Wednesday, March 01, 2006

Ash Wednesday

A professor once asked us to list three poets we would like to study if we could spend all our life reviewing and analyzing their body of literary work. T.S. Eliot was at the top of my list.

Here, appropriately for today, is an excerpt from part III of "Ash Wednesday," one of my favorites. You may want to read the entire poem here, and note the repetitions and rhythm of the whole. I will be puzzling through this poem for years--I see something new upon each read.

At the first turning of the second stair
I turned and saw below
The same shape twisted on the banister
Under the vapour in the fetid air
Struggling with the devil of the stairs who wears
The deceitul face of hope and of despair.

At the second turning of the second stair
I left them twisting, turning below;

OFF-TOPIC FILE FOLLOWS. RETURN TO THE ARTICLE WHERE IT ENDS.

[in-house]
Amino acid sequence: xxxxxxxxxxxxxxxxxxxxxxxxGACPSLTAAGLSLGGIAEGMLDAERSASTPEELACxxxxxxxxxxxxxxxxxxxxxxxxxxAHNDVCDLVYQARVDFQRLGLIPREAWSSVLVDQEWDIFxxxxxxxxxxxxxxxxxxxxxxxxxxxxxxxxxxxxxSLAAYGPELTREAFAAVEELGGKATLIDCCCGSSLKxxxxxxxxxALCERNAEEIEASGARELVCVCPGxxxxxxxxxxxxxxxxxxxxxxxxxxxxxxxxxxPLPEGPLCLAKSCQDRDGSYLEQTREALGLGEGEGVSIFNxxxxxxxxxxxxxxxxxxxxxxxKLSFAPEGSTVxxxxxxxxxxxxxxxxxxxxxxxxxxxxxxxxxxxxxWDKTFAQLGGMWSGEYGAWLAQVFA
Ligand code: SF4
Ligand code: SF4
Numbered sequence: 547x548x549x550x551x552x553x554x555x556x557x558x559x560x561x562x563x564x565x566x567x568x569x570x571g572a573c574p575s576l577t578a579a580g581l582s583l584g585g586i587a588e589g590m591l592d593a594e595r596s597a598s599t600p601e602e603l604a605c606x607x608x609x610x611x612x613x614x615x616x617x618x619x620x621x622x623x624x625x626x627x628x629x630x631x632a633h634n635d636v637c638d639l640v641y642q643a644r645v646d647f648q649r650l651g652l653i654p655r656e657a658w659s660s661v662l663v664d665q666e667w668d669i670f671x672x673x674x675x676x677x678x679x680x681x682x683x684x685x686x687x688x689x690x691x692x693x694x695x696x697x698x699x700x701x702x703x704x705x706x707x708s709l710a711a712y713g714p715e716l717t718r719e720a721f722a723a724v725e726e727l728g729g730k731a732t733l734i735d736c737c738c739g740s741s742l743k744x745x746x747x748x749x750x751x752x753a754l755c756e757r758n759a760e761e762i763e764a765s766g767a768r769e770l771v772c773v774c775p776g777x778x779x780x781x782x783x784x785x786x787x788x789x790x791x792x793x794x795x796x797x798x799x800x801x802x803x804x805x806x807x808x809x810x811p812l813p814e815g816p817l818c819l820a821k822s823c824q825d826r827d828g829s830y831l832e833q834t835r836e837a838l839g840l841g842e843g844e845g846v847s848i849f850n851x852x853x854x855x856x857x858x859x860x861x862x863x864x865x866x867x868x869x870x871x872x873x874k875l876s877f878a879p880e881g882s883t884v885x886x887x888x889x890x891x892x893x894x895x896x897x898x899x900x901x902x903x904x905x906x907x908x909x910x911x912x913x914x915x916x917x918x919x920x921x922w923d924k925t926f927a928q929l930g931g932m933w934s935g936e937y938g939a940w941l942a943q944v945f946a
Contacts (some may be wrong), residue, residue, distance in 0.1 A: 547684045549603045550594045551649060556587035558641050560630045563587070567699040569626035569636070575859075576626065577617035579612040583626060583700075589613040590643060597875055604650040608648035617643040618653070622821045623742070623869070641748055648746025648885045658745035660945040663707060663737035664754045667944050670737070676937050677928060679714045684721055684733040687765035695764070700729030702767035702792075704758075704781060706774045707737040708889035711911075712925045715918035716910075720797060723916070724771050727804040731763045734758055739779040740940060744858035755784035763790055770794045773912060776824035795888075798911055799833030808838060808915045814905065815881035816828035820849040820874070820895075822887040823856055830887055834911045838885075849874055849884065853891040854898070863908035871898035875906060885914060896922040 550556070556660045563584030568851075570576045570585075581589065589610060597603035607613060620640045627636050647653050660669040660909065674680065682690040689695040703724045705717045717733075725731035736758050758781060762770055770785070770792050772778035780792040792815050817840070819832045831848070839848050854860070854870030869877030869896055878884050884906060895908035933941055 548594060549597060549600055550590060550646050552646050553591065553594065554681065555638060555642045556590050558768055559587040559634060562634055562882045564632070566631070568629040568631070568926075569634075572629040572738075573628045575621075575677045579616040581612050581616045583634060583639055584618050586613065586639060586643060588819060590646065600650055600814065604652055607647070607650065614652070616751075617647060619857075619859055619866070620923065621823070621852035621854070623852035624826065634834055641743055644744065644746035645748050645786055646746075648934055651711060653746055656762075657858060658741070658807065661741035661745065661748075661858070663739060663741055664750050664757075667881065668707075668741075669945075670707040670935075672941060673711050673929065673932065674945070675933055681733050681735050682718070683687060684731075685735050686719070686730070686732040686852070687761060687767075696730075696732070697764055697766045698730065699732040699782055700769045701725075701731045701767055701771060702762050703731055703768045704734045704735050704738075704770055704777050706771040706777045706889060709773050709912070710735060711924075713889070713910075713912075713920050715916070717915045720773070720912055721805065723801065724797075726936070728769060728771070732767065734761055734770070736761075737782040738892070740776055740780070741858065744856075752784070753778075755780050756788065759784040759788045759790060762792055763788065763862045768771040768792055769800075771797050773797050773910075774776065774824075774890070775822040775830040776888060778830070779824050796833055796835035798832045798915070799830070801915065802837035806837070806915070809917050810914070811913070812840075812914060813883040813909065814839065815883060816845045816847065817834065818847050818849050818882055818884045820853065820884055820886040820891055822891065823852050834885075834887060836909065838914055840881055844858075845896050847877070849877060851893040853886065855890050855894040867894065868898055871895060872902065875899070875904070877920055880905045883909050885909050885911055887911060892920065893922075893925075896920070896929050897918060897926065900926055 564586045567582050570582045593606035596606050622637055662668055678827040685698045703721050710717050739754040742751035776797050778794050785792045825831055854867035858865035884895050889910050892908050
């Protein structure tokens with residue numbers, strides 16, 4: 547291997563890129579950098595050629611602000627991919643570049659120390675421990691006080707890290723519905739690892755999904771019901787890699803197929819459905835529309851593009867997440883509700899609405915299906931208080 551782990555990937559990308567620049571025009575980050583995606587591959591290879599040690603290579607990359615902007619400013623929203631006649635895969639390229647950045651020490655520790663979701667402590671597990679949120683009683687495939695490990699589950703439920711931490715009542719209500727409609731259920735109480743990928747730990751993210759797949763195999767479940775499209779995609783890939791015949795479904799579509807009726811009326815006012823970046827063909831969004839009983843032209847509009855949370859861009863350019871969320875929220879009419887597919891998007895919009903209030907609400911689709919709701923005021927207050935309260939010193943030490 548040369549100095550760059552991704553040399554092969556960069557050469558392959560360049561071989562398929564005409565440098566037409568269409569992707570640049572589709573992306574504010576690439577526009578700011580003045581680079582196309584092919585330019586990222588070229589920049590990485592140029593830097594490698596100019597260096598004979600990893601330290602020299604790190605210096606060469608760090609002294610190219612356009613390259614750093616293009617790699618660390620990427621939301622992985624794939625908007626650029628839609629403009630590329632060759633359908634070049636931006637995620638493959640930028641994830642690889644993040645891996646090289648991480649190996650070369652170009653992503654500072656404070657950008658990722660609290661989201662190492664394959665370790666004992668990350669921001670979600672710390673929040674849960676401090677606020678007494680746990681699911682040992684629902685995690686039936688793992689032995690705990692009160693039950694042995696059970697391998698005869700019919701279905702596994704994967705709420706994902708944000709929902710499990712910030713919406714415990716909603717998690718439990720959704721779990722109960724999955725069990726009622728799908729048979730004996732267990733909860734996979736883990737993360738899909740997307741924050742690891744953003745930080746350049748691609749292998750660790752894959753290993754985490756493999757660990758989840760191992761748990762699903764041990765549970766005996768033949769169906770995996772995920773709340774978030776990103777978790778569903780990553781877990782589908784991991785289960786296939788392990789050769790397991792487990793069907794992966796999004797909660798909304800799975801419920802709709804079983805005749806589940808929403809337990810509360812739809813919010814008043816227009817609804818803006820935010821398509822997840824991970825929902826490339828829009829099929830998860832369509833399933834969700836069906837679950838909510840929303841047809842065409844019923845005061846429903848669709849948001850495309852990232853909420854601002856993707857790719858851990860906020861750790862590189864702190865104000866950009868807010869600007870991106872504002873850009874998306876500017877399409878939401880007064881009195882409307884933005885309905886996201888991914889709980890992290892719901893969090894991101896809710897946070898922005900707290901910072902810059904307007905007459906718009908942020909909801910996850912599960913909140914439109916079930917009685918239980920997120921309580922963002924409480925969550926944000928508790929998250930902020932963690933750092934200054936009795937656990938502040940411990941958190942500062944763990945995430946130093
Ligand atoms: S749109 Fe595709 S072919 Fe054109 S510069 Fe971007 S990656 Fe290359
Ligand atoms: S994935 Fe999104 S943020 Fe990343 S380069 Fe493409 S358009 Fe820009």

There were no more faces and the stair was dark,
Damp, jagged, like an old man's mouth drivelling, beyond repair,
Or the toothed gullet of an aged shark.

At the first turning of the third stair
Was a slotted window bellied like the figs's fruit
And beyond the hawthorn blossom and a pasture scene
The broadbacked figure drest in blue and green
Enchanted the maytime with an antique flute.
Blown hair is sweet, brown hair over the mouth blown,
Lilac and brown hair;
Distraction, music of the flute, stops and steps of the mind over the third stair,
Fading, fading; strength beyond hope and despair
Climbing the third stair.

Lord, I am not worthy
Lord, I am not worthy
but speak the word only.

--T.S. Eliot

No comments:

Post a Comment